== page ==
1. Sylvia Fanjoy says:

      Thanks for the question Santiago.
      I asked my daughter Jessica, who also went to the University of Havana, to respond. For those who don’t speak Spanish, Jessica tells me Santiago is asking if his daughter, who speaks Spanish fluently and studied medicine for 4 years in Toronto, can study in Cuba.

      Jessica’s response is: Su hija tendría que contactar la Universidad de La Habana directamente. Aquí está su página web:

      (and the translation of that is “Your daughter would have to contact the University of Havana directly. Here is their website:“)

      – Sylvia Fanjoy

  3. Nawras ALSMAN says:

    Estimado,a Señor / Señora,

    Estoy Nawras ALSMAN. Yo soy sirio. Mi fecha de nacimiento es 01/02/1990. Tengo mi certificado de finalización de estudios secondarios – sección literaria en 2009. Desde ese momento yo estaba estudiando en Economía y Comercio en la Universidad de Siria, pero debido al deterioro de la situación política en Siria, tuve que dejar mis estudios. En la actualidad, me gustaría continuar mis estudios universitarios en Lic. en comunicación social, pero primero me gustaría hacer un curso de español durante unos meses (desde el 15 de febrero de 2013 si es posible) que me prepare para estudios universitarios.
    Quieres que me asesore sobre las posibilidades de seguir mis estudios en la universidad. Yo sería, por supuesto, feliz de proporcionarle toda la información y documentos necesarios para este fin.
    En espera de una pronta respuesta de su parte.
    Le ruego acepte, mi resectueux sentimientos.

    Nawras ALSMAN

    1. admin says:

      Gracias por su comentario. Tiene que contactar la universidad directamente.

  4. Andrei says:

    I plan to take a spinsh language course at the University of Havana, and I cannot find adequate infos about accommodation. The hotels are too expansive and the casas particulares(dont remember the exact name) seem also too expansive for a long stay period….. any infos about university or other cheap accommodation????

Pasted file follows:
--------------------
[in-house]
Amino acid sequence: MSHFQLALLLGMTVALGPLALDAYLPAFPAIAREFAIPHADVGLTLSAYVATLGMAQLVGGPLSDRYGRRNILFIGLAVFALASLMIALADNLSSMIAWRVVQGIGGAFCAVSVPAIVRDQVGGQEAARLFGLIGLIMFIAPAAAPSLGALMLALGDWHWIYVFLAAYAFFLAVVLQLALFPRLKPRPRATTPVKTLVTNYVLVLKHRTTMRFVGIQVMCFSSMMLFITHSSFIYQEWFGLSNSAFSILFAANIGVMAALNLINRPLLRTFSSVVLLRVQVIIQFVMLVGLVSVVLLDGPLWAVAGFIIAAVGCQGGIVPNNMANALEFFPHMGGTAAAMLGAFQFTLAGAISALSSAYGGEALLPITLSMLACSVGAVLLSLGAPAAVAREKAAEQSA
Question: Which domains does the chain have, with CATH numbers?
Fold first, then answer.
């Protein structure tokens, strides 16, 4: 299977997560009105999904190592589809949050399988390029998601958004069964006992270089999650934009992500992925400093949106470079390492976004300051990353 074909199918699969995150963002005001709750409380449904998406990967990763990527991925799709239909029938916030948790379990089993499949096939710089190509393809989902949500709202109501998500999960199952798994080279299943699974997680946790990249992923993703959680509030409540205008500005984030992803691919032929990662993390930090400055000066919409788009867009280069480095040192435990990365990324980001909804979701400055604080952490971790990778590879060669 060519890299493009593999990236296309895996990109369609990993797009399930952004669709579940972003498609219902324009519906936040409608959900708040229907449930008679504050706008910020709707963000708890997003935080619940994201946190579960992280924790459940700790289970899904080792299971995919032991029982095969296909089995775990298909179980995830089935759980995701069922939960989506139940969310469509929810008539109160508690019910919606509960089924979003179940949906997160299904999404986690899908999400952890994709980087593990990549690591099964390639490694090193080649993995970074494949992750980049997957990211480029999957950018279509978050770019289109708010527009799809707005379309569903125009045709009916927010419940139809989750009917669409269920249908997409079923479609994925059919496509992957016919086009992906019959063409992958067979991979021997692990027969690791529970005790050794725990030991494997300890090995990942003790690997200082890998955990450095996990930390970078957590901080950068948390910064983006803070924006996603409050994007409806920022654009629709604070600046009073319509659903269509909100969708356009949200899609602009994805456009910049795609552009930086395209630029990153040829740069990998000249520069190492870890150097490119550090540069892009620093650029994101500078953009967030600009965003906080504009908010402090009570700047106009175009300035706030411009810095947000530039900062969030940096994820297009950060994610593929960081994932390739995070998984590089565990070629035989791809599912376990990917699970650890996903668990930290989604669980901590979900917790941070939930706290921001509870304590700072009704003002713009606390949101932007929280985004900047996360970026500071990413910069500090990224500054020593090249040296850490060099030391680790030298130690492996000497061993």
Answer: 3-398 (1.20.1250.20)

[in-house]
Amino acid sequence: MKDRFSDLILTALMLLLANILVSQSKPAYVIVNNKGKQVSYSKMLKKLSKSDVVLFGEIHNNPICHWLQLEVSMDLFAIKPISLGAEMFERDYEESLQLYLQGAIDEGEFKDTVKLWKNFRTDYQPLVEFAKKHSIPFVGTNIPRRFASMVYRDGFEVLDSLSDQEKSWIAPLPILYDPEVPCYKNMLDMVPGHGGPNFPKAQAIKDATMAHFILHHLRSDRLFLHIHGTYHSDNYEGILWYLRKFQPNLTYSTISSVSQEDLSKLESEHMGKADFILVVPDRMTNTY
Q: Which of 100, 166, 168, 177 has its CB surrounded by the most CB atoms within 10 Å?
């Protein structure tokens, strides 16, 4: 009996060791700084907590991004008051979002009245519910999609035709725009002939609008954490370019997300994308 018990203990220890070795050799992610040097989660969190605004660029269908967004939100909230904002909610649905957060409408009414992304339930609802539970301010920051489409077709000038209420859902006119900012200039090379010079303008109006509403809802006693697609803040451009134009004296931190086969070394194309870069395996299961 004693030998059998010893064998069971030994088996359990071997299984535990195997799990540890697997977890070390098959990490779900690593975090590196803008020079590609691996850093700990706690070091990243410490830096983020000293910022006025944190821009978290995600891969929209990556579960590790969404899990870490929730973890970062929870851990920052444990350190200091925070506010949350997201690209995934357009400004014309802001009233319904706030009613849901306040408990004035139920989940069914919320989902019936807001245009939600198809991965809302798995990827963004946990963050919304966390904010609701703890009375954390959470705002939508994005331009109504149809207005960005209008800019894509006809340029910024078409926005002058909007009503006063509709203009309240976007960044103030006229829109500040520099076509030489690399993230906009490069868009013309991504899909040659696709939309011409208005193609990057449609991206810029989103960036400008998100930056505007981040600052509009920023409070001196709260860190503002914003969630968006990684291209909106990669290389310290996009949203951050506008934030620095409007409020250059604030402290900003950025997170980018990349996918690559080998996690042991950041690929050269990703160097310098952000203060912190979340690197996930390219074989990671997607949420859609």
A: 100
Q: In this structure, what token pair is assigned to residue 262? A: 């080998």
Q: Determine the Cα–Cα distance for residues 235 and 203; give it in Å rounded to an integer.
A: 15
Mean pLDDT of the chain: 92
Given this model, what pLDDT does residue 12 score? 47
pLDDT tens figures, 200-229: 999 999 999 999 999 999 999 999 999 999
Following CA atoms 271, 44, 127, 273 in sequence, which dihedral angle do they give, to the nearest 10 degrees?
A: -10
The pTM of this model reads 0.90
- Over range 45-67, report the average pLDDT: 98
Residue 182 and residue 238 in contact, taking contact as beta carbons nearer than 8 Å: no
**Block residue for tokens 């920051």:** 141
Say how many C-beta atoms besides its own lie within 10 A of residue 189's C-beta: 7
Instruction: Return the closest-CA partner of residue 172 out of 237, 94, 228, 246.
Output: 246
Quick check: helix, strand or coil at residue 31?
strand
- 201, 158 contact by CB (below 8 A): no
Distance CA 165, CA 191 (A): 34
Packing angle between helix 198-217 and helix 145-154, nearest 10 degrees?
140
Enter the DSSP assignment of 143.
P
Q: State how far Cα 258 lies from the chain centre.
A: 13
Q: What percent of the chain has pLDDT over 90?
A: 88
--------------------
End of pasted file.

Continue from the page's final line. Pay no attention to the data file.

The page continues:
5. Andrei says:

    Hey, did the university arrange the accommodation for you? How was the housing and what kind of accommodation did you have? how much did you pay monthly?

    1. admin says:

      We stayed in a ‘casa particular’ which is basically a room that you rent in a Cuban person’s house. They are very affordable and it’s also a good way to practice your Spanish and get to know locals. If you are staying for a few months you should be able to negotiate a good deal that includes meals (if you want). You will find many casas particulares around the university – they will have a sign outside of their house that looks like two blue triangles on a white background. We got a list from the university of casas that they recommended. We stayed in a hostel type place for the first two weeks while we found a casa particular that we liked and stayed there for the rest of the time.

      One thing I would suggest is to be aware of ‘jineteros’. They are people who will befriend you on the street. Generally they are very friendly and can be helpful, but their primary goal is to make money – and you may not even realize it. If someone on the streets offers to help you find a casa particular, the casa will end up paying them a ‘finders fee’ which means you will be paying more than you would have if you found the place yourself. Just something to look out for!

  6. Julia says:

    Hi, did you have to know spanish to attend the university pls? 🙂

    1. admin says:

      Nope! I knew some Spanish before I went, but I met foreigners while I was there who didn’t know any Spanish before they went and were taking beginner Spanish classes at the university.